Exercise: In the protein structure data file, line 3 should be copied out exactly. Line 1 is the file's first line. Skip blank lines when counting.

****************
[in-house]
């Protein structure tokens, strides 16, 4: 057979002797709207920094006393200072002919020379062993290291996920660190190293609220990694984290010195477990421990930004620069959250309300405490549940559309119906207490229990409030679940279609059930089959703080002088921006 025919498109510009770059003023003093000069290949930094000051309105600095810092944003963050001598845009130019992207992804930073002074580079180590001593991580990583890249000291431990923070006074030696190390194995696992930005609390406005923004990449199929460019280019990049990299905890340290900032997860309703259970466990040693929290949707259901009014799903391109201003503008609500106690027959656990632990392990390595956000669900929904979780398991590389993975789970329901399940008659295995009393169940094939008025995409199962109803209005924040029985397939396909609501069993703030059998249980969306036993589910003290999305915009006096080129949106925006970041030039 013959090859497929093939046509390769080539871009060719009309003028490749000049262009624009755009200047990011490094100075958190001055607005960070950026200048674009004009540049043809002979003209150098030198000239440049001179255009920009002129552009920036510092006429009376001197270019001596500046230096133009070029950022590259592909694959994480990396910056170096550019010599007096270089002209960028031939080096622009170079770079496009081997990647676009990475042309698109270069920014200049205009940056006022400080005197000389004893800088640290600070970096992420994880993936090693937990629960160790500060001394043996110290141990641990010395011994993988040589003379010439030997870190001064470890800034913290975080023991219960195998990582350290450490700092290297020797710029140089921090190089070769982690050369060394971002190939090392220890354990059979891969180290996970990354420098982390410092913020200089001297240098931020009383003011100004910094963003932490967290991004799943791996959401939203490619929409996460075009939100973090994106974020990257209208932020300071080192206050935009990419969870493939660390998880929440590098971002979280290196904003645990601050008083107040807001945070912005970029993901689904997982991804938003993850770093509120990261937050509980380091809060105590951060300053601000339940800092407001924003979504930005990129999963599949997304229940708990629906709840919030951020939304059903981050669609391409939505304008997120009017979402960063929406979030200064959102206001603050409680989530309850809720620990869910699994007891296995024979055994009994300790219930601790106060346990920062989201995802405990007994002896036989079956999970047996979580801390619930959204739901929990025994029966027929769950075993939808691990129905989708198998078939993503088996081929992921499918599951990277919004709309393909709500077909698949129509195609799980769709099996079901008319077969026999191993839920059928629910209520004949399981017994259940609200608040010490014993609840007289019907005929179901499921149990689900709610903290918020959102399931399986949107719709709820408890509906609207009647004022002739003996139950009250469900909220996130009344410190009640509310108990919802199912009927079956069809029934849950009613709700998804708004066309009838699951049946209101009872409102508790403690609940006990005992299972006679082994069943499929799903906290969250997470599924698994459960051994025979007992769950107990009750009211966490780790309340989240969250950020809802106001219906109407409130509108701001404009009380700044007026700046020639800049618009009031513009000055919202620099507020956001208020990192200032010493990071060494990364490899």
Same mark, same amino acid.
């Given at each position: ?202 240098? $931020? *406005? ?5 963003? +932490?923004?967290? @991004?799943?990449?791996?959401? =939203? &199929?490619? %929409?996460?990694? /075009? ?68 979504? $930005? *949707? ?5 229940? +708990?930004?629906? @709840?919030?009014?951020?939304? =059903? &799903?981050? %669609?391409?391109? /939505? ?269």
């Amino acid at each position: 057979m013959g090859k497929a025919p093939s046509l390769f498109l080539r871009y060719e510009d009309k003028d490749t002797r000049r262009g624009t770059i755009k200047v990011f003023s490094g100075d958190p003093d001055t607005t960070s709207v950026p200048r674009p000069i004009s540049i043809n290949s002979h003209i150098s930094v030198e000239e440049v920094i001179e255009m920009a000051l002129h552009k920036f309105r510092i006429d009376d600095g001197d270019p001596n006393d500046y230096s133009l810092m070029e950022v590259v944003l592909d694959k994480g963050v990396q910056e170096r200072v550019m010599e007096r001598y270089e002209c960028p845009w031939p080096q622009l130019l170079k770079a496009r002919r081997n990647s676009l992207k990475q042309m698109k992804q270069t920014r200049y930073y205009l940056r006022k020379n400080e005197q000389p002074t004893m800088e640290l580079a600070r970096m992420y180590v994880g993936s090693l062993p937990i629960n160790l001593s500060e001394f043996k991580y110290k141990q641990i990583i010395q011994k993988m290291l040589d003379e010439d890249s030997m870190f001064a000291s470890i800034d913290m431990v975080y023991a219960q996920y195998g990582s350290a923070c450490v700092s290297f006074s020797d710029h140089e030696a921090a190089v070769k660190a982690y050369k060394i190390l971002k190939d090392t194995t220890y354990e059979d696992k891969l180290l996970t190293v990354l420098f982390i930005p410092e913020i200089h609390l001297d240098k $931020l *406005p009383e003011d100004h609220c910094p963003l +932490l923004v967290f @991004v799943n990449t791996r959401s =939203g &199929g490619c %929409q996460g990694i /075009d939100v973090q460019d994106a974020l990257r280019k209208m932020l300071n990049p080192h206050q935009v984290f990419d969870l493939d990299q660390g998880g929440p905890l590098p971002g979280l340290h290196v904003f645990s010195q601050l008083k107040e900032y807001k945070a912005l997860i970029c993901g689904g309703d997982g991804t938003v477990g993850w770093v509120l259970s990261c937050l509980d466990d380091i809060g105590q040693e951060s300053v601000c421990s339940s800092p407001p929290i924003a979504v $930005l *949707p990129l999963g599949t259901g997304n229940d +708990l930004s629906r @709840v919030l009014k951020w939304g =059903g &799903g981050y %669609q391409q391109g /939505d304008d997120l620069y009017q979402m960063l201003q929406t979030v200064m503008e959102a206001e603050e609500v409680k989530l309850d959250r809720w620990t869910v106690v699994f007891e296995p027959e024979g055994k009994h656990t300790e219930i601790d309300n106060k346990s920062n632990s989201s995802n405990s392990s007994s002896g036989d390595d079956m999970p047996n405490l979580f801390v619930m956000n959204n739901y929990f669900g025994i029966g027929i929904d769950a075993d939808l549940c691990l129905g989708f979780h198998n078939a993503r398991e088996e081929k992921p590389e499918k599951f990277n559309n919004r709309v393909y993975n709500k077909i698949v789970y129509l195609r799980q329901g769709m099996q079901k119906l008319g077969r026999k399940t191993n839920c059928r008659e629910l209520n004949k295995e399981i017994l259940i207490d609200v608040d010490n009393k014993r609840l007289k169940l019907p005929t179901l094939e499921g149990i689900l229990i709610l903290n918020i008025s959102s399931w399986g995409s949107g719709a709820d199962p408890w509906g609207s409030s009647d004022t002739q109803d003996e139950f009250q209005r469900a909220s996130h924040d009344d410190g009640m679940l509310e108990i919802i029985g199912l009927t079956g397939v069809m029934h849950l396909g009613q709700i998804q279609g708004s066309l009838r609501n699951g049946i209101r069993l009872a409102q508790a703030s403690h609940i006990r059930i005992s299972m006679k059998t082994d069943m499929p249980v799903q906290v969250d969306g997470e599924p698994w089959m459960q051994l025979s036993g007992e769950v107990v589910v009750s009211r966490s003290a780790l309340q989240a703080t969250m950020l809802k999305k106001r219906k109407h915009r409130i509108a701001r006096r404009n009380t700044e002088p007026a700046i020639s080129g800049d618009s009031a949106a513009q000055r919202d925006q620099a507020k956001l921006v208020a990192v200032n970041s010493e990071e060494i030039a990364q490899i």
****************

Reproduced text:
Same mark, same amino acid.